Source: U.S. Chamber of Commerce, Washington, D.C.
A Chamber of Commerce report, “Regulatory Indifference Hurts Vulnerable Communities,” looks at the significant negative impacts of the Environmental Protection Agency’s new air toxics standard, or Brick MACT rule, and Occupational Safety and Health Administration’s proposed revisions to the silica permissible exposure limit (PEL) on American brick makers. Concurrent compliance measures will cost producers millions, authors contend, and devastate a threatened industry in which 75 percent of companies are small businesses.
“Bureaucrats in Washington walk down Pennsylvania Avenue on bricks made by small, family-owned businesses without care for the companies and workers being destroyed by their careless regulations,” says Chamber Senior Vice President of Environment, Technology and Regulatory Affairs William Kovacs. “This report shows that it’s not just the large rules that affect American industry. With access to funding difficult for so many, even relatively obscure regulations can force small manufacturers to shutter their operations. An increasingly complex web of regulations is making it almost impossible for small businesses to survive.”
“For workers in local communities, particularly those employed by small businesses, new regulations developed using a ‘one size fits all’ model are a big problem,” notes Janet Whitacre Kaboth, chief executive officer of Whitacre Greer Co., which has manufactured clay products in northeastern Ohio since 1916. “Federal agencies cannot simply assume that companies can afford to comply with regulatory requirements; that companies will be able to comply; or that the benefits of a rule will make it worthwhile. They need to understand the local impacts of their rule on real people whose lives may be ruined by losing their job.”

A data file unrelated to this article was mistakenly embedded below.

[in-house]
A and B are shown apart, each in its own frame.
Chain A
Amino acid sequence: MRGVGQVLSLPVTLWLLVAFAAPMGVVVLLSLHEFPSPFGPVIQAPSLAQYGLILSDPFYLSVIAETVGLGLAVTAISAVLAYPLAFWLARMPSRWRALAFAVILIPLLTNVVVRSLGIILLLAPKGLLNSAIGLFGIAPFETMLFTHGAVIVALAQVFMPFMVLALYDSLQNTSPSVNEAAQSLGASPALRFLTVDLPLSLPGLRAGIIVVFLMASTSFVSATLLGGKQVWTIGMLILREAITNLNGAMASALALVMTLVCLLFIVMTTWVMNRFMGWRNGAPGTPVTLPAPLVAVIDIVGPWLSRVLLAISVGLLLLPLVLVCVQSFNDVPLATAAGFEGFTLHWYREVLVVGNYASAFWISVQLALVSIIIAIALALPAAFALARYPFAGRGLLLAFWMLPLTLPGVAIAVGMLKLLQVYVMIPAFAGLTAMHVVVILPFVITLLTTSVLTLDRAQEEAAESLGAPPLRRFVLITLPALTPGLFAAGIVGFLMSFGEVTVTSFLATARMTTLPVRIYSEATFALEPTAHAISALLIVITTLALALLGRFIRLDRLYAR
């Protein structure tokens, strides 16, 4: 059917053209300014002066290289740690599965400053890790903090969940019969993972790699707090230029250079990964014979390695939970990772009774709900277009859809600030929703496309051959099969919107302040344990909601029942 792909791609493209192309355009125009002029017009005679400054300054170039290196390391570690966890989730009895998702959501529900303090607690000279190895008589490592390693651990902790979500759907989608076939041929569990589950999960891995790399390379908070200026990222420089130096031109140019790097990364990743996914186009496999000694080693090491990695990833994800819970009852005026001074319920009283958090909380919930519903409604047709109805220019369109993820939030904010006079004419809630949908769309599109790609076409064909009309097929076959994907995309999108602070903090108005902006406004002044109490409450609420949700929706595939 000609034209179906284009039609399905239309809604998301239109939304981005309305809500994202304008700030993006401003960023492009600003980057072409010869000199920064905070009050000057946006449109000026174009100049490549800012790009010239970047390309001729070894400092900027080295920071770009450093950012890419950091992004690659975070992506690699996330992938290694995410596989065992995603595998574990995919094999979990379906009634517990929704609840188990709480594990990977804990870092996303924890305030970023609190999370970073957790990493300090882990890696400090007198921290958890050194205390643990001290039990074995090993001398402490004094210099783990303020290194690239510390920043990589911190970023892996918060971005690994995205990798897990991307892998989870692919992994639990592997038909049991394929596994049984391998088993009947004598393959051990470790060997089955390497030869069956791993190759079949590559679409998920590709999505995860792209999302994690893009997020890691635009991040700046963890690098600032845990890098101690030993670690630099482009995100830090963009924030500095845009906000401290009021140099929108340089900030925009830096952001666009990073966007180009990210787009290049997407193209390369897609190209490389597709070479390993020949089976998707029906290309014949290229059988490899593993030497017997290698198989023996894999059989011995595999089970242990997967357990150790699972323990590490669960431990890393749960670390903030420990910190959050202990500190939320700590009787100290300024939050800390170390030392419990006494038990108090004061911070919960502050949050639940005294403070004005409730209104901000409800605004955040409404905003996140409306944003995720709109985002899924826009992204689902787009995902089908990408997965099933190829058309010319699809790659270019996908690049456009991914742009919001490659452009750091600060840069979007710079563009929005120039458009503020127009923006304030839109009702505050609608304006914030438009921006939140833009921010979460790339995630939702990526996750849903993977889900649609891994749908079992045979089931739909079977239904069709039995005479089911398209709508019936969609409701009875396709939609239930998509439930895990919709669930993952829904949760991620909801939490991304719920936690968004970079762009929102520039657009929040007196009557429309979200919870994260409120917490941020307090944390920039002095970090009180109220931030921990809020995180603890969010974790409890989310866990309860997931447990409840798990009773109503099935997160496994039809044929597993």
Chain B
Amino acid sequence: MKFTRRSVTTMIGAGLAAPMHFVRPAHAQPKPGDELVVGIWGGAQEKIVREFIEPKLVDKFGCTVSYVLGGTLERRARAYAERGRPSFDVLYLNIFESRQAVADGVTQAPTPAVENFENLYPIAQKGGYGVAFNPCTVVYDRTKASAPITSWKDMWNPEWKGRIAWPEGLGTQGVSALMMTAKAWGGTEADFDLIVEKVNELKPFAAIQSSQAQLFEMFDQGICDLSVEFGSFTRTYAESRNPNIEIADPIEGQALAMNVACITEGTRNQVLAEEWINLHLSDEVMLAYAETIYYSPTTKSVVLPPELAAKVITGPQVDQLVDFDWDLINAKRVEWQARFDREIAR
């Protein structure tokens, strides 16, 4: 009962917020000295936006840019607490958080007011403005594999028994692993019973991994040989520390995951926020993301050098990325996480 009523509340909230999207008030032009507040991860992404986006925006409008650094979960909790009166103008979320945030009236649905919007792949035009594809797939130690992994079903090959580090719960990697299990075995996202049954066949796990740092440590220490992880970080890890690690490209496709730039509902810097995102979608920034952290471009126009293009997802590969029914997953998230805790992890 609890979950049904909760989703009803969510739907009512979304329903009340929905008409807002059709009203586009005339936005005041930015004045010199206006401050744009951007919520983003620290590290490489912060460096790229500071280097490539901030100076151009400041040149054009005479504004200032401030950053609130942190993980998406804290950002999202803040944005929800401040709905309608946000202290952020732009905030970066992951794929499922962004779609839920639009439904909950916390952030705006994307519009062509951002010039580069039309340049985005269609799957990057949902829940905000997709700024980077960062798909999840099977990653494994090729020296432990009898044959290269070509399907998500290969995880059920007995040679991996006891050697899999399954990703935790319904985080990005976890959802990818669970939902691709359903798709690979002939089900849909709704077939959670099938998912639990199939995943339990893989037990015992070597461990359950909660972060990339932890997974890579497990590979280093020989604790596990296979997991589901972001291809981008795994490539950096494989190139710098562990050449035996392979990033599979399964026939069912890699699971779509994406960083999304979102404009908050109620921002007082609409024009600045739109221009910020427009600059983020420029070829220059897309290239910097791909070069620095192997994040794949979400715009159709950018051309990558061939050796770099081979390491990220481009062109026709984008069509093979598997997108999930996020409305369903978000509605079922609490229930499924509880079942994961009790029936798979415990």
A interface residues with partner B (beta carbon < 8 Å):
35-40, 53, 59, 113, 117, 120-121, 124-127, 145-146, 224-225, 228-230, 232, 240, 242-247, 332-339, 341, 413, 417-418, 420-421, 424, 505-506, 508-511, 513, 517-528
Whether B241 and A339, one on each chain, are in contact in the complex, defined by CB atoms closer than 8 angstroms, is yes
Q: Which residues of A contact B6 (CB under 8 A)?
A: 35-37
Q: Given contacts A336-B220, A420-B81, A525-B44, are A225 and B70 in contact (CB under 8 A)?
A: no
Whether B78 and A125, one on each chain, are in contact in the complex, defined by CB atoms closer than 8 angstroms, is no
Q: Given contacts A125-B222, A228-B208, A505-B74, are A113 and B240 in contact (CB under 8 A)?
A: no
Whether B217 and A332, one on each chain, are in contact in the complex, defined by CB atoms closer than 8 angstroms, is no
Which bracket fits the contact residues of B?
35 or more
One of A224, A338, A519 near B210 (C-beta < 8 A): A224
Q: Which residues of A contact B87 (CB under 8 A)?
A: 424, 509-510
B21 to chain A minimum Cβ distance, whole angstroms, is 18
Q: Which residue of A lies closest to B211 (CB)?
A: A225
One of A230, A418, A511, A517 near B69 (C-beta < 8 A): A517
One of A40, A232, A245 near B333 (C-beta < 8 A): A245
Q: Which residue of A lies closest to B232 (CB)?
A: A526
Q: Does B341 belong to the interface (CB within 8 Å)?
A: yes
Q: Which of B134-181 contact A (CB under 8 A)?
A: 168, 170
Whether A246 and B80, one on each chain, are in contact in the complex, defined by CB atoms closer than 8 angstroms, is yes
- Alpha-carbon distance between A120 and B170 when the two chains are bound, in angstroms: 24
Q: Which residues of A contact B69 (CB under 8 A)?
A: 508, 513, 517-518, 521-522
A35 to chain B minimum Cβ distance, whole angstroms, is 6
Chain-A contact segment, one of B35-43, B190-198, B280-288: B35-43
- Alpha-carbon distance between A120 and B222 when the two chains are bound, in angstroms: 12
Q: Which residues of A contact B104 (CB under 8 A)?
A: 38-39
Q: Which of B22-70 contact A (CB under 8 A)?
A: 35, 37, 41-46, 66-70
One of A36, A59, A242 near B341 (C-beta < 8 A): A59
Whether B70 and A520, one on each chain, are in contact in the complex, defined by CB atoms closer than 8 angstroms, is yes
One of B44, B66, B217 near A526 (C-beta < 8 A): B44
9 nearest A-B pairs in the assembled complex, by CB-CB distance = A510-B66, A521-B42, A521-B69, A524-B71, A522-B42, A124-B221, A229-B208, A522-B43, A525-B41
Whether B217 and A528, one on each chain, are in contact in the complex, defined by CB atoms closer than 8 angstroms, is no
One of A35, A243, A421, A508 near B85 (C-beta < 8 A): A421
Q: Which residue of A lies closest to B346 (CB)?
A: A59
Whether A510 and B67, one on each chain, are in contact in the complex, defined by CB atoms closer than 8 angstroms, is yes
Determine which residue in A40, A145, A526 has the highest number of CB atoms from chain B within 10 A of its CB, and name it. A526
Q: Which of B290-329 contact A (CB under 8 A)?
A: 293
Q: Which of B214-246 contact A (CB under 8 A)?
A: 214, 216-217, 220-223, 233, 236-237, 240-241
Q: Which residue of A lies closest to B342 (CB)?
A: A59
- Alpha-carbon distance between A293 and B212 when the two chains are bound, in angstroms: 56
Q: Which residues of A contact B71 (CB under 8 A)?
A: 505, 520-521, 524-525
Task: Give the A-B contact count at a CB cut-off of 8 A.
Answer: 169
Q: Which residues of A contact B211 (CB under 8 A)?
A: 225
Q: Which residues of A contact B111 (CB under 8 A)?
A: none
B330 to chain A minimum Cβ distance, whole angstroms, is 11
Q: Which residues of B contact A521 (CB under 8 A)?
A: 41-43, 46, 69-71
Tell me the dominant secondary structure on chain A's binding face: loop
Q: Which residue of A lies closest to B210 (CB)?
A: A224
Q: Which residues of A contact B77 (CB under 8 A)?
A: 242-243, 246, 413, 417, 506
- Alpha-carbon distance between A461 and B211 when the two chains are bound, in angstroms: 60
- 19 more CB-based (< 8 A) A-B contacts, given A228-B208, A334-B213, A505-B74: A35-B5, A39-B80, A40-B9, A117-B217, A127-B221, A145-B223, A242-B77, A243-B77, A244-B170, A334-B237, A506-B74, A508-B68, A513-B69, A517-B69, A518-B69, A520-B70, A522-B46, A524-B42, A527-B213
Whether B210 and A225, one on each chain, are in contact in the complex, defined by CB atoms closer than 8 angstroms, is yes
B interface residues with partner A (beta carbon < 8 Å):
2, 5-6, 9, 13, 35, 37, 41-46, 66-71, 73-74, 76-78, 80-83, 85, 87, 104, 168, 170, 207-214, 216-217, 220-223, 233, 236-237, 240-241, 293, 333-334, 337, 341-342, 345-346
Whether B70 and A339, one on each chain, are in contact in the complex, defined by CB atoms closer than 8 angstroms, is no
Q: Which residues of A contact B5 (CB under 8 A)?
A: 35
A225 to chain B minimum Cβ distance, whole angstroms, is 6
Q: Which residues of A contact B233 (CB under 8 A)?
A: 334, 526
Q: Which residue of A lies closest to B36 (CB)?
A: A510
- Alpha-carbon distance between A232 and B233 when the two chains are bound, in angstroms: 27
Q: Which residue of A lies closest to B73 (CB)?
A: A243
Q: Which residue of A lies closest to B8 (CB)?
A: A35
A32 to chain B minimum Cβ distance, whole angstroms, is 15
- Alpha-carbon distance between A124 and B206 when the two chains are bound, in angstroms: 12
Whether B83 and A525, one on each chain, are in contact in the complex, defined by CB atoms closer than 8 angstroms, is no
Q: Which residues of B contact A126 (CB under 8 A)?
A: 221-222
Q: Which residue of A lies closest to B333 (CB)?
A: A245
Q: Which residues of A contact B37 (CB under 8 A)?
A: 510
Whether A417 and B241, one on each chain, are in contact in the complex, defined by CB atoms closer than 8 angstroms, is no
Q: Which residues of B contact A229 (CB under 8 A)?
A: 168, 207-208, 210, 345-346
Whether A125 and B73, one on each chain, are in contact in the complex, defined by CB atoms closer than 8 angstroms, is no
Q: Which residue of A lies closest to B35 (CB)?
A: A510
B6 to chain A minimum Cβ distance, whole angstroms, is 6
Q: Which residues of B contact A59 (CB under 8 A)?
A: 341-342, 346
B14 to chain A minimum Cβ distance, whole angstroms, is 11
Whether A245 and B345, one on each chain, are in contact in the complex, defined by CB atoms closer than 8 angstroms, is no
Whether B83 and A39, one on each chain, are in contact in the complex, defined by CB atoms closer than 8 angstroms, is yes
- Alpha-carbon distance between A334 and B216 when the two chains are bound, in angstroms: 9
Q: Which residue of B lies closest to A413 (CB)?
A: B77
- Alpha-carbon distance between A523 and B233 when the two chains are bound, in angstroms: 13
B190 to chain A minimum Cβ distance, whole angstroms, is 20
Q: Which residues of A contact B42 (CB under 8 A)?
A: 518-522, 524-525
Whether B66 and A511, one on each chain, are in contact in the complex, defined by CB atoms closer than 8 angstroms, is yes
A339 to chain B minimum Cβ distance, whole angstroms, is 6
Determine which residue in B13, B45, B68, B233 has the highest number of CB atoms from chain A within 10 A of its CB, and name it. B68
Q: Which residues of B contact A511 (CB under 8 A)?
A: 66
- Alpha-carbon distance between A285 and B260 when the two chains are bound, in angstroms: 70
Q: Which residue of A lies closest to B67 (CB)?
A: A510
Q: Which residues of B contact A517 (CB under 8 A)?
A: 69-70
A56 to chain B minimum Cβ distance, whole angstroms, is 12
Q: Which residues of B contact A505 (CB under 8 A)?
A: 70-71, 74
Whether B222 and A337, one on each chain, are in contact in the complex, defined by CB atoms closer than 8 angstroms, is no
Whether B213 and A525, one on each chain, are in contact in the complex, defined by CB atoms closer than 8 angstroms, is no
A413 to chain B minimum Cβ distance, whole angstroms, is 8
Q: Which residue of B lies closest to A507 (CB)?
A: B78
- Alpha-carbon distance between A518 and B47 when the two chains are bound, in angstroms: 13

When finalizing the current Brick MACT rule in 2015, EPA marked a second round of stricter requirements on the brick industry in 10 years. Producers incurred over $100 million in capital and operating costs to comply with the vacated 2003 Brick MACT. To comply with the new rule, some of the same companies will need to install new control devices with about a $2.2 million/kiln price tag.
The Brick Industry Association estimates that the Brick MACT rule could cost $100 million per year or more and that compliance will be impossible for many small plants. The 147 pounds of emitted mercury the rule is expected to reduce nationally is about 1/400th the amount of the metal now reported by the EPA to be in dental fillings in the mouths of millions of Americans.
At the same time, OSHA estimates that compliance with the proposed silica regulation calls for installation of engineering controls and other items requiring an investment just north of $900,000 per brick company in the first year. The agency has acknowledged that raw materials used in making bricks do not represent a significant cause for silicosis, but OSHA has done nothing to adjust the burden for plants.
“These economically harmful regulations could be avoided if EPA conducted the type of in-depth employment analyses required of them,” Kovacs contends. “When crafting regulations, federal agencies should consider the impact to workers, businesses, and local communities, and balance those effects with public health and safety. One plant closing can set off a chain reaction in a small town.”
The Chamber is calling on Congress to pass the Regulatory Accountability Act of 2015, which would improve the transparency of regulations by requiring agencies to invest more effort earlier in the rulemaking process to gather data, evaluate alternatives, and receive public input about proposed measures’ costs and benefits. “Regulatory Indifference Hurts Vulnerable Communities,” with case studies from brick plants in Alliance and Sugarcreek, Ohio; Gleason, Tenn.; Martinsburg, W.Va.; and Selma, Ala., is posted at www.uschamber.com/etra.